Indian police arrest key suspect in 2008 Mumbai attack case

Indranil Mukherjee/AFP/Getty Images - This photograph taken on November 27, 2008, shows Indian firefighters attempting to put out a fire as smoke billows out of the historic Taj Mahal Hotel in Mumbai, one of the sites of attacks by alleged militant gunmen.

NEW DELHI — Police said Monday that they have arrested an Indian man suspected of playing a key role in directing the Pakistani militants who launched a series of deadly attacks in Mumbai in 2008 that killed 166 people, including six Americans.

Police said the arrest is likely to help investigators examine Indians’ role in facilitating the attack, which Indian authorities say was planned and conducted by a Pakistan-based group.

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Sayed Zabiuddin was arrested Thursday at the New Delhi airport after he was deported from Saudi Arabia, where he was raising funds for a new attack in India, police officials said. . With his capture, police may for the first time have someone in custody who has intimate knowledge about how the attack was organized.

An Interpol notice was issued in 2009 against Zabiuddin, who also uses the names Abu Hamza and Abu Jindal. He is from the western state of Maharashtra and is also suspected of aiding terrorists who placed bombs in Mumbai trains in 2006.

Police suspect that it was Zabiuddin’s voice that was heard in a control room in Pakistan guiding the gunmen in 2008, according to voice intercepts the FBI gave New Delhi authorities to aid their investigation.

Indian investigators worked with officials in Riyadh for months to track Zabiuddin’s movements and phone conversations. But his deportation was possible only after Washington weighed in on Riyadh, said a Home Ministry official here in New Delhi.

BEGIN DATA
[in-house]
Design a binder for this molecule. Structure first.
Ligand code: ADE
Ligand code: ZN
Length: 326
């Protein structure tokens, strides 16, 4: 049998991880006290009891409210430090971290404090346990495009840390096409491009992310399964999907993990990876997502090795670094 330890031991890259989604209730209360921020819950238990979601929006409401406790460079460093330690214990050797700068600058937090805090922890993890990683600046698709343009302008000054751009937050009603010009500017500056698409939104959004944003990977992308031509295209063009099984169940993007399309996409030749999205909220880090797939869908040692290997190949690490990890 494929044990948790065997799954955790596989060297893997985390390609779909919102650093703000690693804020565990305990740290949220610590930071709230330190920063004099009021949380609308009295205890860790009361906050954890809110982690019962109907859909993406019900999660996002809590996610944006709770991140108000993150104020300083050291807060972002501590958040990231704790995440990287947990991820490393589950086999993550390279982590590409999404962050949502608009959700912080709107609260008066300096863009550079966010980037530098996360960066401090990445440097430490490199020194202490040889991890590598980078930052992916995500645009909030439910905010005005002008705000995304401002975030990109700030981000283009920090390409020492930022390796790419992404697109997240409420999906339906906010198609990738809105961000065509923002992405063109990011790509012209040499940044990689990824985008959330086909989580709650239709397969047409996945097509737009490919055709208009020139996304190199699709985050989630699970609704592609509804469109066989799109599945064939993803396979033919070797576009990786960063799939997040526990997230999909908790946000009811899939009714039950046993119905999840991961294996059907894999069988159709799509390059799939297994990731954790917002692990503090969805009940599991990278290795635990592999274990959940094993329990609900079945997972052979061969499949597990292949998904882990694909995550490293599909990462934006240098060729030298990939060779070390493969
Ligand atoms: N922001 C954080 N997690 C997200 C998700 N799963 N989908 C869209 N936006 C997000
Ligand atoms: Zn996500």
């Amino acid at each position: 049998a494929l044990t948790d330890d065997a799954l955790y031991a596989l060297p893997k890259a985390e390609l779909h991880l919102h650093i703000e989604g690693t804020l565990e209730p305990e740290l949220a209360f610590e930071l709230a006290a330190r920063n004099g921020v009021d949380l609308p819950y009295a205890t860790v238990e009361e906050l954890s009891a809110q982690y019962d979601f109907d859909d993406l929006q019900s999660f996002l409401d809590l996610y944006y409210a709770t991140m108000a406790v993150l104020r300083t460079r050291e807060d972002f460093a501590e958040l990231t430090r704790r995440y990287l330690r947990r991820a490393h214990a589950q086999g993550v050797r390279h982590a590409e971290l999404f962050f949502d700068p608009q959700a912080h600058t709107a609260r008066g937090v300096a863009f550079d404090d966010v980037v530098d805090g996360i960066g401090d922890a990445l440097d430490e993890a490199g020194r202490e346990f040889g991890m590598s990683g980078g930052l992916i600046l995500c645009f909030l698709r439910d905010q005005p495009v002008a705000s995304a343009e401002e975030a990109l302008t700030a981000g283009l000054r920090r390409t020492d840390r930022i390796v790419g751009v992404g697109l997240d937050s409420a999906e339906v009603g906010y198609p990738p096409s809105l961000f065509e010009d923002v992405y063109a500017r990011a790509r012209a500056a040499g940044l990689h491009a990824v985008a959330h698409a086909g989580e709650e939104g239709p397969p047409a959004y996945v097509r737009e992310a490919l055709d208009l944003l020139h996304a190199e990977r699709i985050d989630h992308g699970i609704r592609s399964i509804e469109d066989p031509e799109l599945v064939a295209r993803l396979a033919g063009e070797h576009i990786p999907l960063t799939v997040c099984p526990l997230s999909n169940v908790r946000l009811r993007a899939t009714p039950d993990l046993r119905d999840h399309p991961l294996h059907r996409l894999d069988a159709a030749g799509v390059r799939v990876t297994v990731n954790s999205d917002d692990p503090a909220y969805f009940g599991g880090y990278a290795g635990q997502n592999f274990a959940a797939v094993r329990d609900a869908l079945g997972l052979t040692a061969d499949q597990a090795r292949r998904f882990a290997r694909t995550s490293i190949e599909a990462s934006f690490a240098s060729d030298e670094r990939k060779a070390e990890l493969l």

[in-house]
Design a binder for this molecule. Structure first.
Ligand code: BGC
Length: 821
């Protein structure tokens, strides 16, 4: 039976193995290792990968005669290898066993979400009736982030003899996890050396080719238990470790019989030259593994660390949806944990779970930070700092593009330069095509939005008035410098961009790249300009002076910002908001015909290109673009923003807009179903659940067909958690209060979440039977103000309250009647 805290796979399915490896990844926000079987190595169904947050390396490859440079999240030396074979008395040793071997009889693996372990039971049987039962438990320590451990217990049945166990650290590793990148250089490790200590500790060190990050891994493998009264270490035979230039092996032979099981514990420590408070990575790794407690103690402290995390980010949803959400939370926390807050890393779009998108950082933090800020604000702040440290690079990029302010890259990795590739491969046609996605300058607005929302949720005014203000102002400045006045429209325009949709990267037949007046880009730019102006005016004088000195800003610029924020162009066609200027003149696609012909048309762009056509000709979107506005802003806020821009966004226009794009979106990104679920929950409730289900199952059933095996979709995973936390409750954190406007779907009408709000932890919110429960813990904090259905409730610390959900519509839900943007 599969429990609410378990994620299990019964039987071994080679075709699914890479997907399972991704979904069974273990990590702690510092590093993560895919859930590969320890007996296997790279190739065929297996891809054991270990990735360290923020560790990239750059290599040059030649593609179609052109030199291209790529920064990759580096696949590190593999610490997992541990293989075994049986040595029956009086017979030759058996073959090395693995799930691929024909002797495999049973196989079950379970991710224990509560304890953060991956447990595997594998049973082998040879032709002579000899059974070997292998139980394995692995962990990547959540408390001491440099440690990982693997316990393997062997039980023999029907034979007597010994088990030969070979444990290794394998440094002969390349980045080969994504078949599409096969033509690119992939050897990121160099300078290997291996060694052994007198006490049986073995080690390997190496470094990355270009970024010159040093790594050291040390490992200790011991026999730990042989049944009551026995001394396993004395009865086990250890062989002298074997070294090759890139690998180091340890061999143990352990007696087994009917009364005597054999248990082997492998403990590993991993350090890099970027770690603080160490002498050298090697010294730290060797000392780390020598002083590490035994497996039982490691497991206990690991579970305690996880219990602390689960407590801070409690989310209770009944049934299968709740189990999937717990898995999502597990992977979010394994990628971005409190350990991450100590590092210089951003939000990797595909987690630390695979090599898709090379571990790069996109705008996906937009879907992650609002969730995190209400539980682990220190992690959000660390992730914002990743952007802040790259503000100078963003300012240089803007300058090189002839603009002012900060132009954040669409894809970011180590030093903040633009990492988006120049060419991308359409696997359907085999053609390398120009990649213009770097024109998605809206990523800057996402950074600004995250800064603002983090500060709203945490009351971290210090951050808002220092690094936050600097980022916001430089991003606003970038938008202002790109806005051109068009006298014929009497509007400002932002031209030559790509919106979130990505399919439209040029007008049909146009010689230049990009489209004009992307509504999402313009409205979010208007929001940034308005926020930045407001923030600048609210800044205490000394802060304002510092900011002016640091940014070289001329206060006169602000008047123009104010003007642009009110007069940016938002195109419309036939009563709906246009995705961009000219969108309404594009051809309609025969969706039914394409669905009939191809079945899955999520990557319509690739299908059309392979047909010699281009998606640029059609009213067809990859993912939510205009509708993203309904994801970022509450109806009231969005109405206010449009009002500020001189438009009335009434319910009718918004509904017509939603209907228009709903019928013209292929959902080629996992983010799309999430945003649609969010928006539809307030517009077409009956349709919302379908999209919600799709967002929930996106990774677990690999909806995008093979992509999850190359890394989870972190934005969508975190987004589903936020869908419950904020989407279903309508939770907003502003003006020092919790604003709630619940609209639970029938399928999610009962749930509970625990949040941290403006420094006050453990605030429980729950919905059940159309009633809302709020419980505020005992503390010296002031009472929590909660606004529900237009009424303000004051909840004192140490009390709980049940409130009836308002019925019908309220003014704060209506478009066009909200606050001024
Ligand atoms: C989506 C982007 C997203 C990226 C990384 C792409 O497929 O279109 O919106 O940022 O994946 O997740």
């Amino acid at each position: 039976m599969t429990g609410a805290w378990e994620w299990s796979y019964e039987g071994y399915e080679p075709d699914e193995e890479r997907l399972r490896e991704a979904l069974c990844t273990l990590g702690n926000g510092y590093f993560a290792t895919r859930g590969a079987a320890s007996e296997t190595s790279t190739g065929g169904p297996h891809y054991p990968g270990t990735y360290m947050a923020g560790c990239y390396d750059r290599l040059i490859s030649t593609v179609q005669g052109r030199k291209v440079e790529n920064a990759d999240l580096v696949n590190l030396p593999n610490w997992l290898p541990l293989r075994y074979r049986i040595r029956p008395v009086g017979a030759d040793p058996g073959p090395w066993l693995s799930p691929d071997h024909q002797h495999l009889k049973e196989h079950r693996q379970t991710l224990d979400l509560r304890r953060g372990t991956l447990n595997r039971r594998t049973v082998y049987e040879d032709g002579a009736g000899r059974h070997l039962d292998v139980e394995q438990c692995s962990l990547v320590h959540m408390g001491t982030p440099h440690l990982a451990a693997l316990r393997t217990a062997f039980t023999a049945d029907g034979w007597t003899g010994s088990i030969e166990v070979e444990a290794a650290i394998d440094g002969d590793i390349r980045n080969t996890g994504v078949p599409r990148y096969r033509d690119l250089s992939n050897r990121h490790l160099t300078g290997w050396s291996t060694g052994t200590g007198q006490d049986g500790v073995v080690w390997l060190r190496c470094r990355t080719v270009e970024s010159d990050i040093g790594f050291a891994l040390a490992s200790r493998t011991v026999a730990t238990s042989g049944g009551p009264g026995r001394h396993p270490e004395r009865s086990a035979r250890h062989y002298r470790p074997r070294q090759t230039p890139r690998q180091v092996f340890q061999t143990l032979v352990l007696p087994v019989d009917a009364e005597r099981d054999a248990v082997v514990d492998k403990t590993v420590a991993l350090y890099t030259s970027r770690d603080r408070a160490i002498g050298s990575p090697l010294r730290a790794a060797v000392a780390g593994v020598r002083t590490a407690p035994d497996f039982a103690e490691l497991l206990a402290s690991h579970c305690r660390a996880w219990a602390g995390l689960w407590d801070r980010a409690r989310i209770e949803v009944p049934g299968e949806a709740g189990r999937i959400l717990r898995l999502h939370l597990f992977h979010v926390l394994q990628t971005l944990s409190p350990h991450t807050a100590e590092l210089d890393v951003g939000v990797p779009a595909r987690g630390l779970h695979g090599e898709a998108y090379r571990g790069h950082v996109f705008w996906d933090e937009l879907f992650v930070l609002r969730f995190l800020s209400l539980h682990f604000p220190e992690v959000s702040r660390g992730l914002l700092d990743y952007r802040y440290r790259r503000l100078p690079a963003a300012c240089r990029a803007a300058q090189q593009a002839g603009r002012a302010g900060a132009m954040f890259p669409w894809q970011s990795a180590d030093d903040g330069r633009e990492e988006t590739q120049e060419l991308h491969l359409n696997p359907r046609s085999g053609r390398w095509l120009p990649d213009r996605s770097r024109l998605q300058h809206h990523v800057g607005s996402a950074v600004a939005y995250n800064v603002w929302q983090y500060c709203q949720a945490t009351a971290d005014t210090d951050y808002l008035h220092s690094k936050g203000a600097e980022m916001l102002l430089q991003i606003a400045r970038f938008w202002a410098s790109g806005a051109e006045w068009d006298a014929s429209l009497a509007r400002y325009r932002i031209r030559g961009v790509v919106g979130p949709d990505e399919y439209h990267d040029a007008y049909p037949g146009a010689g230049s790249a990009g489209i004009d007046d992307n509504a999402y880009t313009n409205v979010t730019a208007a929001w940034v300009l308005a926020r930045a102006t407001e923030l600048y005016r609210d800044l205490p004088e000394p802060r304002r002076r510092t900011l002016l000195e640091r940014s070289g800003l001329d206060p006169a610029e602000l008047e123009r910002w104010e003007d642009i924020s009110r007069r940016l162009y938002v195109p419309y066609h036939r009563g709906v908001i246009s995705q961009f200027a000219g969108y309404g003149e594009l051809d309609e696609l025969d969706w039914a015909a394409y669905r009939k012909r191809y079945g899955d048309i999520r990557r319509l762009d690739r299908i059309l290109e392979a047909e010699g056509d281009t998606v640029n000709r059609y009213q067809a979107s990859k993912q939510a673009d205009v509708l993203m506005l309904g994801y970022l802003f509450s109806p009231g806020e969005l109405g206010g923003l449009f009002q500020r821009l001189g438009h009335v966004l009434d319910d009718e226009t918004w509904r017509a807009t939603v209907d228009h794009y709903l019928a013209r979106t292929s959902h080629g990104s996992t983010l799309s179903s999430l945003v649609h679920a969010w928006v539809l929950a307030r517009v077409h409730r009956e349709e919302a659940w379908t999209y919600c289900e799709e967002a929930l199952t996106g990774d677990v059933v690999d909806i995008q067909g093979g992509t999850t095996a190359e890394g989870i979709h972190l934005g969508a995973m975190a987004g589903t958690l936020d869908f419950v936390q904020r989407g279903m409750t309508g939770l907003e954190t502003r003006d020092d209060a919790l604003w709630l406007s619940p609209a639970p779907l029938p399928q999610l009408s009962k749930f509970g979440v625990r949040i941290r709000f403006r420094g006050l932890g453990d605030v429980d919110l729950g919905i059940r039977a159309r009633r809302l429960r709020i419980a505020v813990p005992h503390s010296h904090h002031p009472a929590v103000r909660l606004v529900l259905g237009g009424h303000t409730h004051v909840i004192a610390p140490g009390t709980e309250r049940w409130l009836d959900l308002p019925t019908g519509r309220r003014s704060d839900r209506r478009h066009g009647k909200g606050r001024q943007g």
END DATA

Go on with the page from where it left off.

“Saudi officials relented after U.S. pressure on this case,” said the official, who asked not to be named because he is not authorized to speak. “The U.S. has been helping us a great deal in the Mumbai attack case because American nationals were also killed. FBI helped us with a lot of intercepts at first, and even deposed before an Indian court in this case.”

A police officer in New Delhi, who spoke on the condition of anonymity because he was not authorized to speak to the media, said investigators are trying to match Zabiuddin’s voice with the voice samples that were intercepted.

The man in the control room spoke using many Hindi-language words. He also warned India of more dramatic attacks in the future, saying, “This is just a trailer — the entire movie is yet to come,” investigators said at the time.

Until now, the only other key arrest in India connected to the incident was Pakistani gunman Ajmal Amir Kasab, who was captured the night of the attacks and is on trial in a Mumbai court.

Kasab told investigators about an Indian man who tutored the attackers in Hindi and gave them basic knowledge about the streets of Mumbai.

New Delhi has blamed the Pakistan-based Islamist group Lashkar-i-Toiba for the attack, which targeted a train station, two five-star hotels, a cafe a Jewish prayer center and other sites.

 
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